Those days on this lake are a thing of the past. I still go to Whaletail once a year with my father. The main reason I love to go with him is to hear him tell a tail of a 10 or 15 pike caught here or there as we cruise the shoreline. I also like his classic story that he tells me each year when we go to Whaletail.

It was cold windy day and they were fishing pike with "strip ons" Strip ons are a leader and treble hook ran through a live sucker minnow and trolled. Not used much now but was by the old timers of that time. The poles they had back then had little if any give and the line was like fishing with cable. Anyway they got into a fish that stopped them dead in their tracks on the trolling pattern, bent the unbendable pole, pulled the 30lb cable line off the drag like twine. Keeping in mind back then that a drag was nothing like today. If a fish was able to pull the drag it was a beast. The fish pulled them about and they occassionly tried with the motor to pull the fish but to no avail. The unbreakable cable eventually fell victom to the monster and either broke or the hook came lose. Over the years this part of the story has varied from trip to trip. The fish was never seen but my father believes it was in the 30-40lb class. Imagine that a 30 lb pike in the metro. It must have been something in the water or perhaps the floating bogs that you can occassionly in back in the tail.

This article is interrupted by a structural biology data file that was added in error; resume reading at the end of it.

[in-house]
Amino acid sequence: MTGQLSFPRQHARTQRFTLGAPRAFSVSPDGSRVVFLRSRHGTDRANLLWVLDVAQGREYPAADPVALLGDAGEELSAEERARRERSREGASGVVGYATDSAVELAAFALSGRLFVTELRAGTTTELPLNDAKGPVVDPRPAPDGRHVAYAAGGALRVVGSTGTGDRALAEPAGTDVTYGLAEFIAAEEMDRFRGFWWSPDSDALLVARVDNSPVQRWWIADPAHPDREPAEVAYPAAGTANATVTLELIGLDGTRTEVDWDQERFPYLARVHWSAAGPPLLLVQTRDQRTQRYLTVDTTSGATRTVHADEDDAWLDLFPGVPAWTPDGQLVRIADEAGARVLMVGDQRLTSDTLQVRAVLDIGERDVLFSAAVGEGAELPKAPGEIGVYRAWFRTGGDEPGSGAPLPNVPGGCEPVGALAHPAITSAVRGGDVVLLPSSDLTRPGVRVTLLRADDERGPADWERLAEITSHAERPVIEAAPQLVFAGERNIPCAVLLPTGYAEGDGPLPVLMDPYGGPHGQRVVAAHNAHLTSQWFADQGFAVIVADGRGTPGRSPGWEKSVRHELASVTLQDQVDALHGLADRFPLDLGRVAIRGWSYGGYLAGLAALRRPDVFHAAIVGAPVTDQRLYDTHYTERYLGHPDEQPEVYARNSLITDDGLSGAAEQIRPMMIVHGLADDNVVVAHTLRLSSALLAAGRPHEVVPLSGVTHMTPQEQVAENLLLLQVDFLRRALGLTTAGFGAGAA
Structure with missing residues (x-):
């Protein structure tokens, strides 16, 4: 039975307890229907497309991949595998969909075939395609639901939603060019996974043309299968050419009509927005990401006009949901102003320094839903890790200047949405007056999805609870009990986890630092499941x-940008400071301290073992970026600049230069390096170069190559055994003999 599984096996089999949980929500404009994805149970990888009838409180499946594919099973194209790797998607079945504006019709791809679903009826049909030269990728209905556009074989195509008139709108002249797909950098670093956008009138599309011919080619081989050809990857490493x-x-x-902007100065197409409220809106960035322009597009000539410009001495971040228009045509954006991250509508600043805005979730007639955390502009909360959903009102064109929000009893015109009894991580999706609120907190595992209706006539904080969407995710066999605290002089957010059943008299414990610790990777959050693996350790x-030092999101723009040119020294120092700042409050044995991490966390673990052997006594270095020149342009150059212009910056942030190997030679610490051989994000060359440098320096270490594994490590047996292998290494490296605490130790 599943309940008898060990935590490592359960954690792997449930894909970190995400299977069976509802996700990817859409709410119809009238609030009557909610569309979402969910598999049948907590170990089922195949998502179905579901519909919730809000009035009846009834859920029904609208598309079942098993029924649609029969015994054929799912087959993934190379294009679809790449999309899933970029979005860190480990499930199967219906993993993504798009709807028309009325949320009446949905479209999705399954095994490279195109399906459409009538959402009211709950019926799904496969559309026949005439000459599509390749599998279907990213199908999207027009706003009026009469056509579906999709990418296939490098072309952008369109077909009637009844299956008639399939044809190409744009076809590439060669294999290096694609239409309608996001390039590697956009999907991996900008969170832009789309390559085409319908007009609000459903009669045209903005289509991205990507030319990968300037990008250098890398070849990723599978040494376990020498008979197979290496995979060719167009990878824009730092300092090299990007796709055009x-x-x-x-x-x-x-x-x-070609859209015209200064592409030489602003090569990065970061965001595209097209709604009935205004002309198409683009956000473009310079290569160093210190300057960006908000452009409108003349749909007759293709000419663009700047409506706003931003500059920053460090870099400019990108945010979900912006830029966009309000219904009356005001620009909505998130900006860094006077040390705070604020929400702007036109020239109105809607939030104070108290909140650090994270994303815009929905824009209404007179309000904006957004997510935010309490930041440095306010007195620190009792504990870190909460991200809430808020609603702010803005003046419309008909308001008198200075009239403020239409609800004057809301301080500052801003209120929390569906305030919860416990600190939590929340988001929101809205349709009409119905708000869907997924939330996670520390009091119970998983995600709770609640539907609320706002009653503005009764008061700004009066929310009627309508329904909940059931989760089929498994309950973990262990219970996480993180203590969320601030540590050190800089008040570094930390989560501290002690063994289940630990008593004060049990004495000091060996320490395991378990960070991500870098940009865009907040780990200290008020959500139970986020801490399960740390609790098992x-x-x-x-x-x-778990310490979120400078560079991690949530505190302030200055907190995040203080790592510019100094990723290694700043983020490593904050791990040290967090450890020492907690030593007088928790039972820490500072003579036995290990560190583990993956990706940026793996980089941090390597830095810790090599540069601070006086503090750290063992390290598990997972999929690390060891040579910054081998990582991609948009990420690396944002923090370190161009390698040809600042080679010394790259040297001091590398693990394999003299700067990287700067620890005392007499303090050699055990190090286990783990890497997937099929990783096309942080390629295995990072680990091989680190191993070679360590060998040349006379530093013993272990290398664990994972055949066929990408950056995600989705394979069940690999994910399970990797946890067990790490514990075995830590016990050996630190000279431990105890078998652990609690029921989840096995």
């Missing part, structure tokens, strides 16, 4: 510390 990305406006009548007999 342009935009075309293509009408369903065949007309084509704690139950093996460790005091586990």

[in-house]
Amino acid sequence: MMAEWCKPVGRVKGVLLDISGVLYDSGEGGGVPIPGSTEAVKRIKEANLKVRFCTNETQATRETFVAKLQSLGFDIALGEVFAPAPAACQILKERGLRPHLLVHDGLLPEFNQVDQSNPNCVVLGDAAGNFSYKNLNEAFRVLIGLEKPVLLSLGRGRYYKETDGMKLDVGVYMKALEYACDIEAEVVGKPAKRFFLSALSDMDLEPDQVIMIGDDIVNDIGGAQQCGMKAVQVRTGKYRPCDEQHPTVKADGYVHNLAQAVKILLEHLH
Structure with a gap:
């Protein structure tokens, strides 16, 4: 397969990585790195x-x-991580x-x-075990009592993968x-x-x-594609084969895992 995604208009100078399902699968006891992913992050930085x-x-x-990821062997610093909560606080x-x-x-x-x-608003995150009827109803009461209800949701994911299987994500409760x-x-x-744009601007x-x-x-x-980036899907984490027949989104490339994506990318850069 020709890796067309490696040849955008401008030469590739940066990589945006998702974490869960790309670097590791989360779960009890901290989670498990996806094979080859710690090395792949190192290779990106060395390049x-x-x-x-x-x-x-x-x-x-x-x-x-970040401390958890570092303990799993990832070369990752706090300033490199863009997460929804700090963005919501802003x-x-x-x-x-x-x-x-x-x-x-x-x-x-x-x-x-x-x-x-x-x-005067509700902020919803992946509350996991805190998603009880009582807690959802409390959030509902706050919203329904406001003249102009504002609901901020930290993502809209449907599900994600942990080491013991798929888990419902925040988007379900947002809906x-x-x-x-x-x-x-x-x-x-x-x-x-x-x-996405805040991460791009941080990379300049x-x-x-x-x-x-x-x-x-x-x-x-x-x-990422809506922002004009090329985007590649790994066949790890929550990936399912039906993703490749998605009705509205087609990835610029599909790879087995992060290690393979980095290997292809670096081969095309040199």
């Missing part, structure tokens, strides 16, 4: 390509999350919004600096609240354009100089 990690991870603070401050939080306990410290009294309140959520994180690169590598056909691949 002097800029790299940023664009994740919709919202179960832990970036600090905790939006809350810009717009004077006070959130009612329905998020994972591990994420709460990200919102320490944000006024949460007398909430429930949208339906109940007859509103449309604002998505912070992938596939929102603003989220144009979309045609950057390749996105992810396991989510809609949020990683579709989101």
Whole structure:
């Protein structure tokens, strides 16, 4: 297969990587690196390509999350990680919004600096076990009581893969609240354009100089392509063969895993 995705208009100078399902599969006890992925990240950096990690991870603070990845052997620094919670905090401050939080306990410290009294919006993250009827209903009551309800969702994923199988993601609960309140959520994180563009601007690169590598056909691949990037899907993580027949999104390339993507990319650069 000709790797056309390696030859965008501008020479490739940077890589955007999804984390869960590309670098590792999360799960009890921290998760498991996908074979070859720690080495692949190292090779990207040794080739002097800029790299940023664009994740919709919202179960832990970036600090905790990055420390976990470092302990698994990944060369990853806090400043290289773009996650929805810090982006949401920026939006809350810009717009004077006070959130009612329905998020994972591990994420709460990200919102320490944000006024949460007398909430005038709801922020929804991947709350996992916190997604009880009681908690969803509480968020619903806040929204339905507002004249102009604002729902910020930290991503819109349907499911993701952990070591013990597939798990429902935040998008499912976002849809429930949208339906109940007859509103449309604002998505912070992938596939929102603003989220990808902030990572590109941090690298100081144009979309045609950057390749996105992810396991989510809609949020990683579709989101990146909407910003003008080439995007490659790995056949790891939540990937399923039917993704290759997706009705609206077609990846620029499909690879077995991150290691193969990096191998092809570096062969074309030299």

To hear the story and see the eyes light up is worth its weight in gold. I have personally landed some 10lb pike, monster bass, and 14" crappie from this lake but that was 10 years ago.